Michelle “Mish” Mannering is a Developer Community Manager for GitHub enabling developer community groups and organizations to reach their greatest potential. Also known as Australia’s “Hackathon Queen”, Mish runs hackathon events focused on solving tough problems. You’ll often find her on stage MC’ing or speaking on a range of topics from artificial intelligence, to business, community engagement, the future of work, and esports. An avid startup entrepreneur Michelle understands the in and out’s of successful tech companies; her latest business venture is Raine Scooters, a stylish and high-powered electric scooter company.
- Hi @mishmanners, what is the most rewarding part of your day-to-day work?
I am very excited about my job, working in developer relations, I have the opportunity to attend conferences, give talks and lead workshops, I’d say is very rewarding when people approach me at the end of events, and you can see they’ve had their “aha” moment, the moment when everything you are teaching sort of comes together for them. For example, last year at GitHub Universe, I was leading one-on-one GitHub Actions workshops, the workshops took users through building and understanding GitHub Actions, to see the attendees have moments where they totally understand it, and are so happy and proud to of what they’ve built, is very rewarding. I love enabling and supporting our users.
- What was the path that led you to your current work?
I’ve always been very involved in tech communities, doing things like running hackathons (this is where the nickname “Hackathon Queen” comes from), organizing events and participating in the startup ecosystem.
- GitHub is a very unique place to work. What surprised you the most as a new Hubber?
I’ve known we were a growing company and when I first officially joined, nonetheless I was surprised as to how much we get done with the size team we had.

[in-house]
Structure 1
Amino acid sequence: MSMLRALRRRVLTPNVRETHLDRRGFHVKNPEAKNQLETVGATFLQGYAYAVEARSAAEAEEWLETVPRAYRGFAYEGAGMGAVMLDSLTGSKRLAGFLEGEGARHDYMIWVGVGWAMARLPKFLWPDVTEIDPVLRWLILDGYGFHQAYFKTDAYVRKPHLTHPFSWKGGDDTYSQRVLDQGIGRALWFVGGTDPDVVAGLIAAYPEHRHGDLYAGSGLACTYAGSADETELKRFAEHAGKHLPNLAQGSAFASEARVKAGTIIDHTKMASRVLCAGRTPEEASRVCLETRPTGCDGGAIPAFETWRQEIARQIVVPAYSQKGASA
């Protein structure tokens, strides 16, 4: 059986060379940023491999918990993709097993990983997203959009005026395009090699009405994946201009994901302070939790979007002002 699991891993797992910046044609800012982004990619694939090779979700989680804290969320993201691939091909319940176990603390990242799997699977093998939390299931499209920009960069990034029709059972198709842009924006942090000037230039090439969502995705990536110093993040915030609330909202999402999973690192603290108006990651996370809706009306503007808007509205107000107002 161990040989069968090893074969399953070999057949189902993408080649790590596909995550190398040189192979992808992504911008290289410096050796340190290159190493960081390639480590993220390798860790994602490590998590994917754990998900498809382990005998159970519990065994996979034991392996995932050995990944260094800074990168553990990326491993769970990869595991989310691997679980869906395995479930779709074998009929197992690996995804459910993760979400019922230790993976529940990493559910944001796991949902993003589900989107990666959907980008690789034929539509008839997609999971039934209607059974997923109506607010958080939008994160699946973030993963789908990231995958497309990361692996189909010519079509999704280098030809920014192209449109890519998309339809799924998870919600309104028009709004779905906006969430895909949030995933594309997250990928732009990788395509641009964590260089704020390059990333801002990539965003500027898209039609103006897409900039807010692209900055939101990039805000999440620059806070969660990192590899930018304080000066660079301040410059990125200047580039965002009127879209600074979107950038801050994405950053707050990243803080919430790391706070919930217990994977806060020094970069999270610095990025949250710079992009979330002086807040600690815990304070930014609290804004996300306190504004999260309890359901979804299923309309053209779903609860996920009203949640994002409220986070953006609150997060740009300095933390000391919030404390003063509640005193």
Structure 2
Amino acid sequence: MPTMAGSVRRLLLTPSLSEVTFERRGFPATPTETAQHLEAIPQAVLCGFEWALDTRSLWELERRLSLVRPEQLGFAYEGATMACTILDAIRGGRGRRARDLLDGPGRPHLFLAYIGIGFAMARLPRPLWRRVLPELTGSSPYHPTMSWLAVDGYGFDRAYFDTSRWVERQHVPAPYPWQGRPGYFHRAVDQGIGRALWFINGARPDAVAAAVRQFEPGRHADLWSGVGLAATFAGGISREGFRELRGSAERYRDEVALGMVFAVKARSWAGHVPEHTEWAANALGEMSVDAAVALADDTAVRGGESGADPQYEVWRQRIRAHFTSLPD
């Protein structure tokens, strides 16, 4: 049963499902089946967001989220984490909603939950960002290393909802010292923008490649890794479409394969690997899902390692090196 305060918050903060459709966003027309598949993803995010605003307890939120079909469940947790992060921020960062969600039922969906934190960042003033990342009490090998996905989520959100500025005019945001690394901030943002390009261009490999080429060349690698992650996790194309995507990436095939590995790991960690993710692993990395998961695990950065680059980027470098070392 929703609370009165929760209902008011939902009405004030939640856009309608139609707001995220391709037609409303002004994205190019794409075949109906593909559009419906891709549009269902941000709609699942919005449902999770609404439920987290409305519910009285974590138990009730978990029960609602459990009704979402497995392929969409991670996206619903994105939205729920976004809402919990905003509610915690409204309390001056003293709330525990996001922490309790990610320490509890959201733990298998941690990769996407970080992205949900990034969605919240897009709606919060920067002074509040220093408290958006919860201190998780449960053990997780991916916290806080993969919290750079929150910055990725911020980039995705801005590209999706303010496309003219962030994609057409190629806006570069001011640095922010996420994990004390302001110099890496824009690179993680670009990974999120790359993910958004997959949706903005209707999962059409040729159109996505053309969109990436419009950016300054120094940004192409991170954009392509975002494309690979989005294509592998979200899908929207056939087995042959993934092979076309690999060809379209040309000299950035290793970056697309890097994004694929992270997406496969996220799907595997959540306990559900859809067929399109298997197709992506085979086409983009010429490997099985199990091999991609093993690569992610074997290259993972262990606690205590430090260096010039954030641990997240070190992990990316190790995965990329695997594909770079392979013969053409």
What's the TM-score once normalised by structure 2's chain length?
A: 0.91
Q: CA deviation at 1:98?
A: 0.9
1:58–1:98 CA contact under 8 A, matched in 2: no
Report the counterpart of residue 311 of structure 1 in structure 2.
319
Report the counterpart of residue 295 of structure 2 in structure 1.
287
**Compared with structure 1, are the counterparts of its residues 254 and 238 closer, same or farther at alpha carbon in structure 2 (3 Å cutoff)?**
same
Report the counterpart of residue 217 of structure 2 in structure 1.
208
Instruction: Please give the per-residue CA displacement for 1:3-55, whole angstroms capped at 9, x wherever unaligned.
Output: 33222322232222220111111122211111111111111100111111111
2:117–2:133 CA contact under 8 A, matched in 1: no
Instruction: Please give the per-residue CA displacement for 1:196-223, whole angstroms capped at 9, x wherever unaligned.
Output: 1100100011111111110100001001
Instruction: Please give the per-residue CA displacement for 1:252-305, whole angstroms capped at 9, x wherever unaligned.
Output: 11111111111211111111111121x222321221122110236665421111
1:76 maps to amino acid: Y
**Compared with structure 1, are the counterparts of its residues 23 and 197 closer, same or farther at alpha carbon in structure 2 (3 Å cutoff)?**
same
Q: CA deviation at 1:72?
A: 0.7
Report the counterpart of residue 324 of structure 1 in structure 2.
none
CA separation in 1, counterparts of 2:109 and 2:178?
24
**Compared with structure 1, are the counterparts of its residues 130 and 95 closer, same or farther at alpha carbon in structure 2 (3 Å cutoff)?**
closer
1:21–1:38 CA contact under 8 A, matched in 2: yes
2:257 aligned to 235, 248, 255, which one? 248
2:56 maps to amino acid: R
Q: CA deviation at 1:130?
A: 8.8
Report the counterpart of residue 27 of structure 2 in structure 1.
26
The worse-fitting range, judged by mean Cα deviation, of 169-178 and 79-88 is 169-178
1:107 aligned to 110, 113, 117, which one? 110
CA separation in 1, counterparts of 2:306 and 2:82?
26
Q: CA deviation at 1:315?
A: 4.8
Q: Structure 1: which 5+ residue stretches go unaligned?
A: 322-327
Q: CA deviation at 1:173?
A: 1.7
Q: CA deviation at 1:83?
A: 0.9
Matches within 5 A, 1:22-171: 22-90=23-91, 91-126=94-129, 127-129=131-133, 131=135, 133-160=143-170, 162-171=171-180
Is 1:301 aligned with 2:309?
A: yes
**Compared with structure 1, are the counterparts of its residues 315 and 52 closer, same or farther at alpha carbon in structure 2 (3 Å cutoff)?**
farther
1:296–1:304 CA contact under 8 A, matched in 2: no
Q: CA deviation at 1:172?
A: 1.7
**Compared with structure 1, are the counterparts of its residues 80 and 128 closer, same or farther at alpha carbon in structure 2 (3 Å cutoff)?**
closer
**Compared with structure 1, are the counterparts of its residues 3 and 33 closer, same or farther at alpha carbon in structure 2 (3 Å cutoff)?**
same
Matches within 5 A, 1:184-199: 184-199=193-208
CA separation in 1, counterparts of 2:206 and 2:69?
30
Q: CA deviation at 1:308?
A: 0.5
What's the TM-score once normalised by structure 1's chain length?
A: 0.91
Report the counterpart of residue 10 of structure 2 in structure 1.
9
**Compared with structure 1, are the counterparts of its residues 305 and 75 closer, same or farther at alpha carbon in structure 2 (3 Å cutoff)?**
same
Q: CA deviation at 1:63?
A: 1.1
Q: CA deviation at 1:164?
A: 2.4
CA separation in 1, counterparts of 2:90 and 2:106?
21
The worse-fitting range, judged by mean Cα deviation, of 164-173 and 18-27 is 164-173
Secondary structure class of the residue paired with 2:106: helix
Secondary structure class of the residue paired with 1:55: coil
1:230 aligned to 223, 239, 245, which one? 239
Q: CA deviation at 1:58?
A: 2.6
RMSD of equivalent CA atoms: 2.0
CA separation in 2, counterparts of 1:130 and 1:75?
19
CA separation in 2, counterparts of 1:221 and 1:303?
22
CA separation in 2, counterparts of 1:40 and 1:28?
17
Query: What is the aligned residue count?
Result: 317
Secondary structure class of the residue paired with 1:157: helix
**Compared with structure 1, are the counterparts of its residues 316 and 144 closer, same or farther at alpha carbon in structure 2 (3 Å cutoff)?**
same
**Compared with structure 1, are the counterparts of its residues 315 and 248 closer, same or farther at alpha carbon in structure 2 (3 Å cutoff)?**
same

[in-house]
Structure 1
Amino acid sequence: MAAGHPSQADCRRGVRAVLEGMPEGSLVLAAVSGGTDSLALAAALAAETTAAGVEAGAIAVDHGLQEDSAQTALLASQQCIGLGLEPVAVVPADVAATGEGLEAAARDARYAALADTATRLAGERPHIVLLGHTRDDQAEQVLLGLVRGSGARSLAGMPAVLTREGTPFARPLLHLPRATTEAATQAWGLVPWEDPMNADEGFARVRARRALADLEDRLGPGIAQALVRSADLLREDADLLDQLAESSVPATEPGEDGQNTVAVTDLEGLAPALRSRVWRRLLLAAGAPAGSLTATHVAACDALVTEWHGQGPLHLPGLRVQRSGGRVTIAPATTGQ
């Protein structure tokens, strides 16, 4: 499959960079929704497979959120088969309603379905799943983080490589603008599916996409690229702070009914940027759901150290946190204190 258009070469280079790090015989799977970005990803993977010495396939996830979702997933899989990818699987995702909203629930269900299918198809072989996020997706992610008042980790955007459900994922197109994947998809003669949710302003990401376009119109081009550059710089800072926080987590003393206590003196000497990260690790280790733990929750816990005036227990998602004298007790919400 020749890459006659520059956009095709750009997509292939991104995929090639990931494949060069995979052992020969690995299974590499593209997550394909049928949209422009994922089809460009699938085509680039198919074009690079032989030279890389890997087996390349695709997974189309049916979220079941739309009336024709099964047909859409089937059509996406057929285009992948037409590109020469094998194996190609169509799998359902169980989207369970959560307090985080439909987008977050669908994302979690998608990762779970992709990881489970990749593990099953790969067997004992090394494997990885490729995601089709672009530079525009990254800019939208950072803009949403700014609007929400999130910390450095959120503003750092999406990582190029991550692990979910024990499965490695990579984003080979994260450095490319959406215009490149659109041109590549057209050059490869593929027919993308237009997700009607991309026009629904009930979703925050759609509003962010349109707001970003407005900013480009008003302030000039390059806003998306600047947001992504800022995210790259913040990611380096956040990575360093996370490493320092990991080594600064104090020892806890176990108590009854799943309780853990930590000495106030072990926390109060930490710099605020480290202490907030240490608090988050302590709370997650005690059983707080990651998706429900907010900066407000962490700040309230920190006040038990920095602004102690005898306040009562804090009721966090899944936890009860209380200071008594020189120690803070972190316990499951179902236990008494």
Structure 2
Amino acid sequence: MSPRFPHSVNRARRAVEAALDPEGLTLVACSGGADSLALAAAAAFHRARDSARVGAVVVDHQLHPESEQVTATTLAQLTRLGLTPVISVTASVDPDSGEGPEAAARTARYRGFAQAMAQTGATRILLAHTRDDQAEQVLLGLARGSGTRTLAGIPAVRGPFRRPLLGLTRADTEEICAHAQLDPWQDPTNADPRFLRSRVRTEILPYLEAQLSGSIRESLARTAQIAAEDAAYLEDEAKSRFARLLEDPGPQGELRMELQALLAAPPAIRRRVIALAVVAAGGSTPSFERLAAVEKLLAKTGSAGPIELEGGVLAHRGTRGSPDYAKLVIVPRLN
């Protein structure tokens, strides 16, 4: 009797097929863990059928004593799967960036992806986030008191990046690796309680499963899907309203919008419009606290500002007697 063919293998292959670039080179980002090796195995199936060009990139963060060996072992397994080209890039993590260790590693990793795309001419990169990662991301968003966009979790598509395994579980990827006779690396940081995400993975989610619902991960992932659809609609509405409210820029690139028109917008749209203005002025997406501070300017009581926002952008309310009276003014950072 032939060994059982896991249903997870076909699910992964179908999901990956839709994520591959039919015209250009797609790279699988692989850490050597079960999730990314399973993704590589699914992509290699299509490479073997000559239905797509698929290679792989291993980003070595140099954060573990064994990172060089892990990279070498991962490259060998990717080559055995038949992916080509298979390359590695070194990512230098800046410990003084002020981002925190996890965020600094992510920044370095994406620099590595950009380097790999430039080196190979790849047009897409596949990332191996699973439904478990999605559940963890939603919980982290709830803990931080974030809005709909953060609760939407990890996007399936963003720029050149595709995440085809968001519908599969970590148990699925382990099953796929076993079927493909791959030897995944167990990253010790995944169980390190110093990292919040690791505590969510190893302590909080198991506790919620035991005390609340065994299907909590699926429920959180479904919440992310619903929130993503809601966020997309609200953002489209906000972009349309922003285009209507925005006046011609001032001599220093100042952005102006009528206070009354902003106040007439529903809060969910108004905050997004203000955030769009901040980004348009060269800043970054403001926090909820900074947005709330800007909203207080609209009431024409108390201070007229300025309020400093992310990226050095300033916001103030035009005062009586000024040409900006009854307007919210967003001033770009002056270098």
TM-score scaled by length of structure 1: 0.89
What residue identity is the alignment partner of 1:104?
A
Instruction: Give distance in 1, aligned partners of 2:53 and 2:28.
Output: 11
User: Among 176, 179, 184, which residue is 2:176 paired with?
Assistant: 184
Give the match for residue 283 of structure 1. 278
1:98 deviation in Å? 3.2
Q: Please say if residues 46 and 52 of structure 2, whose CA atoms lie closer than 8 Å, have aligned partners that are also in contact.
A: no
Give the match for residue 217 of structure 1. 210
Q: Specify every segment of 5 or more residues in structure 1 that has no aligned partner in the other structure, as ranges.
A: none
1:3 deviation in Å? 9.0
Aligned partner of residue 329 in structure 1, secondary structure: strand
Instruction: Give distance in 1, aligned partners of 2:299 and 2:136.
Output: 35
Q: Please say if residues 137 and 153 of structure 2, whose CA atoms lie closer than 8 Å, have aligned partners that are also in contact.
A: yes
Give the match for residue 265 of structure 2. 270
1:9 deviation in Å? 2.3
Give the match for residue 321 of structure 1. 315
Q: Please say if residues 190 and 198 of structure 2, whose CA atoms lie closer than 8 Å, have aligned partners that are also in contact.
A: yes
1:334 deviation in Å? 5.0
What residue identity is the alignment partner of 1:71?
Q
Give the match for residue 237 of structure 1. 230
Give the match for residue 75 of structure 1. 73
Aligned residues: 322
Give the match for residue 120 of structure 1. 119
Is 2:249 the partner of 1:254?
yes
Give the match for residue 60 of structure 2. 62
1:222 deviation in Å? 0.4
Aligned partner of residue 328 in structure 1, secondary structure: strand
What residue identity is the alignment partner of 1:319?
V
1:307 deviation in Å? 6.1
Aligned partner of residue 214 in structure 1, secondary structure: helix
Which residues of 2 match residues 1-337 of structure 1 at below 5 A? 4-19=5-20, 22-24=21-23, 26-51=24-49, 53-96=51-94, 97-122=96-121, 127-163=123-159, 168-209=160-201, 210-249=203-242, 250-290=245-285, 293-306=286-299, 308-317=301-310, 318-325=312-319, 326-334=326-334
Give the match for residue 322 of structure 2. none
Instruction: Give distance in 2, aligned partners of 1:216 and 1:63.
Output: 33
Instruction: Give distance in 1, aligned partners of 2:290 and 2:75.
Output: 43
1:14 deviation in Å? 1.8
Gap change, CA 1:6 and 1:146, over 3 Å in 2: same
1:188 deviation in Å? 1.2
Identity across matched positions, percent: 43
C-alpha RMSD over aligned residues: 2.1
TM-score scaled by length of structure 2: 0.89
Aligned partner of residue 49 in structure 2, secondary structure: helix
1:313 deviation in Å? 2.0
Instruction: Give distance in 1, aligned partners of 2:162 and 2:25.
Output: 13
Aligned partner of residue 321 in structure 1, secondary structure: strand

We are involved in the lives of developers all around the world and help them solve some of the worlds the biggest problems. It was incredible to see how much responsibility our team has and the way we collaborate to support innovation.
- What do you consider your most important skill in your role as Community Manager?
Listening and being ready to listen, being open and available. A Community Manager’s role is not about telling the community what they need to do; a Community Manager should listen to their community members, understand what they need and only then see how they can help them achieve their goals.
A big part of my role is helping people connect to one another, so they can support each other.
- What’s the best and worst advice you’ve ever received?
My granddad was a fairly successful self-made businessman, he came out from the depression era and had to provide for his family at a really young age.
And so, he had all these little sayings in business that I love, one of the things he would say is “lose contact, you lose a contract”. Just keeping communication lines always open has been such an important skill, keeping the conversation going, contacting the right people to ask the right questions. This is a skill I’ve used not only in my startup career but my work as a Community Manager. Another one of his great sayings is: “it is not what you know but who you know” the concept of networking, you need to show both sides of this. The who you know will help you make a connection but what you know will actually cement your reputation.
As far as bad advice, I’ve probably blocked out any “bad” advice I’ve received! I think maybe more a remark about how to apply advice. I get loads of advice from diverse mentors. When working with a mentor, don’t take everything 100% to the word, our jobs as mentors is not to expect your mentee to use your advice as the law. Mentors can provide you advice and talk about their experiences but it is up to you to internalize it and apply to your situation.
And again, that’s why diversity is so important, getting advice from many types of people will help you make a better decision because you can see more boldly the bigger picture.
- What are you most excited about GitHub and the future of Developer Relations so far?
I’m most excited about our expansion into new regions, and extending our presence in India, China, and the rest of APAC.
Silicon Valley has been a hub of innovation and invention, and I think a lot of the new things coming over the next decade or so will include people and technologies from many more places such as countries in APAC. Having recently traveled to India for the GitHub India launch, it was very exciting to be there and feel the energy and excitement of their developer community.
I look forward to taking some things I’ve learned about developing communities and sharing resources and applying them to these new growing partnerships.